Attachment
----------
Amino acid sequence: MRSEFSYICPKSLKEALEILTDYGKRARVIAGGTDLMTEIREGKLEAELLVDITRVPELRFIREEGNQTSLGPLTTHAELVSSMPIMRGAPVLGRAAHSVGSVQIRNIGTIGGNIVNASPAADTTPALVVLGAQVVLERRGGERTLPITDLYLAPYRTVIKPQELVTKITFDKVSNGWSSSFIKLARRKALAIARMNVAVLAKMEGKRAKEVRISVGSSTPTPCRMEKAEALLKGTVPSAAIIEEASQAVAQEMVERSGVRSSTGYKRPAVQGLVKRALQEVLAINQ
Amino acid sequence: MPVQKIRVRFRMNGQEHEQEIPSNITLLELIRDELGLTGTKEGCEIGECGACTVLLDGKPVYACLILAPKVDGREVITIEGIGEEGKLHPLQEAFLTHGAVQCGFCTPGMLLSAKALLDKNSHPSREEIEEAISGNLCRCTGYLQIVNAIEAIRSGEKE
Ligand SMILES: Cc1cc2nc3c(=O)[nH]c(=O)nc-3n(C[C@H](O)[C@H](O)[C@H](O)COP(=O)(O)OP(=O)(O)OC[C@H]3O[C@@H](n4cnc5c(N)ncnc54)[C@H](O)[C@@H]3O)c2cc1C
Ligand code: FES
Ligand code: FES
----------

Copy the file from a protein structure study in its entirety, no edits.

Amino acid sequence: MRSEFSYICPKSLKEALEILTDYGKRARVIAGGTDLMTEIREGKLEAELLVDITRVPELRFIREEGNQTSLGPLTTHAELVSSMPIMRGAPVLGRAAHSVGSVQIRNIGTIGGNIVNASPAADTTPALVVLGAQVVLERRGGERTLPITDLYLAPYRTVIKPQELVTKITFDKVSNGWSSSFIKLARRKALAIARMNVAVLAKMEGKRAKEVRISVGSSTPTPCRMEKAEALLKGTVPSAAIIEEASQAVAQEMVERSGVRSSTGYKRPAVQGLVKRALQEVLAINQ
Amino acid sequence: MPVQKIRVRFRMNGQEHEQEIPSNITLLELIRDELGLTGTKEGCEIGECGACTVLLDGKPVYACLILAPKVDGREVITIEGIGEEGKLHPLQEAFLTHGAVQCGFCTPGMLLSAKALLDKNSHPSREEIEEAISGNLCRCTGYLQIVNAIEAIRSGEKE
Ligand SMILES: Cc1cc2nc3c(=O)[nH]c(=O)nc-3n(C[C@H](O)[C@H](O)[C@H](O)COP(=O)(O)OP(=O)(O)OC[C@H]3O[C@@H](n4cnc5c(N)ncnc54)[C@H](O)[C@@H]3O)c2cc1C
Ligand code: FES
Ligand code: FES